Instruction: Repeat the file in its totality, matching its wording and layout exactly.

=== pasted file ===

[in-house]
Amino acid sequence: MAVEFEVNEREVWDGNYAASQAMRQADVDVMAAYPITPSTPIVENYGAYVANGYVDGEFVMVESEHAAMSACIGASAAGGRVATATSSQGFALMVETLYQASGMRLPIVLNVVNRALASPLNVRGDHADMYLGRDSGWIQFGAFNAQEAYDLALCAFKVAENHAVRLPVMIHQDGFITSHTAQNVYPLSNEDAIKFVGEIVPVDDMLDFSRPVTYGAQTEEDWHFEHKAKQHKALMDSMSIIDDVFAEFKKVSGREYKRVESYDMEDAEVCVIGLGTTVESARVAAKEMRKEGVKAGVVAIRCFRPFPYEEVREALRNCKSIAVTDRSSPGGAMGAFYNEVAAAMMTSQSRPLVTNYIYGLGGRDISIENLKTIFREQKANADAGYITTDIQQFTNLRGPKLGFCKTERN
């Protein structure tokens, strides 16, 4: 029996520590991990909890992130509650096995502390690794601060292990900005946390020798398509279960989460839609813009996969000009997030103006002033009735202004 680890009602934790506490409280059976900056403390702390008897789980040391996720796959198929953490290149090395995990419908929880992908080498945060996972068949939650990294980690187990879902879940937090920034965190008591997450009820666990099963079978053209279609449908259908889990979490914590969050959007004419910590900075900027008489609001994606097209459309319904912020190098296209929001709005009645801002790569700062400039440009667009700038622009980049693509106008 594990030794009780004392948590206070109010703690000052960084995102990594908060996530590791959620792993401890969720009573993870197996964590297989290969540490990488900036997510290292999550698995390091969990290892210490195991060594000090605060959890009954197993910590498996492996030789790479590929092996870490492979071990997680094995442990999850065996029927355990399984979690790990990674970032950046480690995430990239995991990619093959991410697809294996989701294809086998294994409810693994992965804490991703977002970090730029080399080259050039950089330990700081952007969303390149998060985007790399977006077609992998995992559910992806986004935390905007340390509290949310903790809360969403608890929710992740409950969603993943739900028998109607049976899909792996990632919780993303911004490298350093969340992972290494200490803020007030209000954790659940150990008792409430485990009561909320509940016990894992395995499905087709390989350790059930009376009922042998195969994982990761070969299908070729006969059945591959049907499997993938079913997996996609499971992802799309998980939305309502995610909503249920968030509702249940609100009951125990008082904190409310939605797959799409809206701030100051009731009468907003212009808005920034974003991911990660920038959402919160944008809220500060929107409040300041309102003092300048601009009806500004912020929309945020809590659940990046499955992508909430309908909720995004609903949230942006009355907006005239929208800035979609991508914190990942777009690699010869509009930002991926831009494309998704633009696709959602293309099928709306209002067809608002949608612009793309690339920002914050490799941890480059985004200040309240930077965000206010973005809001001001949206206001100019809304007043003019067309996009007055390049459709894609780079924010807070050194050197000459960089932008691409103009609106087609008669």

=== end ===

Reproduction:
[in-house]
Amino acid sequence: MAVEFEVNEREVWDGNYAASQAMRQADVDVMAAYPITPSTPIVENYGAYVANGYVDGEFVMVESEHAAMSACIGASAAGGRVATATSSQGFALMVETLYQASGMRLPIVLNVVNRALASPLNVRGDHADMYLGRDSGWIQFGAFNAQEAYDLALCAFKVAENHAVRLPVMIHQDGFITSHTAQNVYPLSNEDAIKFVGEIVPVDDMLDFSRPVTYGAQTEEDWHFEHKAKQHKALMDSMSIIDDVFAEFKKVSGREYKRVESYDMEDAEVCVIGLGTTVESARVAAKEMRKEGVKAGVVAIRCFRPFPYEEVREALRNCKSIAVTDRSSPGGAMGAFYNEVAAAMMTSQSRPLVTNYIYGLGGRDISIENLKTIFREQKANADAGYITTDIQQFTNLRGPKLGFCKTERN
């Protein structure tokens, strides 16, 4: 029996520590991990909890992130509650096995502390690794601060292990900005946390020798398509279960989460839609813009996969000009997030103006002033009735202004 680890009602934790506490409280059976900056403390702390008897789980040391996720796959198929953490290149090395995990419908929880992908080498945060996972068949939650990294980690187990879902879940937090920034965190008591997450009820666990099963079978053209279609449908259908889990979490914590969050959007004419910590900075900027008489609001994606097209459309319904912020190098296209929001709005009645801002790569700062400039440009667009700038622009980049693509106008 594990030794009780004392948590206070109010703690000052960084995102990594908060996530590791959620792993401890969720009573993870197996964590297989290969540490990488900036997510290292999550698995390091969990290892210490195991060594000090605060959890009954197993910590498996492996030789790479590929092996870490492979071990997680094995442990999850065996029927355990399984979690790990990674970032950046480690995430990239995991990619093959991410697809294996989701294809086998294994409810693994992965804490991703977002970090730029080399080259050039950089330990700081952007969303390149998060985007790399977006077609992998995992559910992806986004935390905007340390509290949310903790809360969403608890929710992740409950969603993943739900028998109607049976899909792996990632919780993303911004490298350093969340992972290494200490803020007030209000954790659940150990008792409430485990009561909320509940016990894992395995499905087709390989350790059930009376009922042998195969994982990761070969299908070729006969059945591959049907499997993938079913997996996609499971992802799309998980939305309502995610909503249920968030509702249940609100009951125990008082904190409310939605797959799409809206701030100051009731009468907003212009808005920034974003991911990660920038959402919160944008809220500060929107409040300041309102003092300048601009009806500004912020929309945020809590659940990046499955992508909430309908909720995004609903949230942006009355907006005239929208800035979609991508914190990942777009690699010869509009930002991926831009494309998704633009696709959602293309099928709306209002067809608002949608612009793309690339920002914050490799941890480059985004200040309240930077965000206010973005809001001001949206206001100019809304007043003019067309996009007055390049459709894609780079924010807070050194050197000459960089932008691409103009609106087609008669």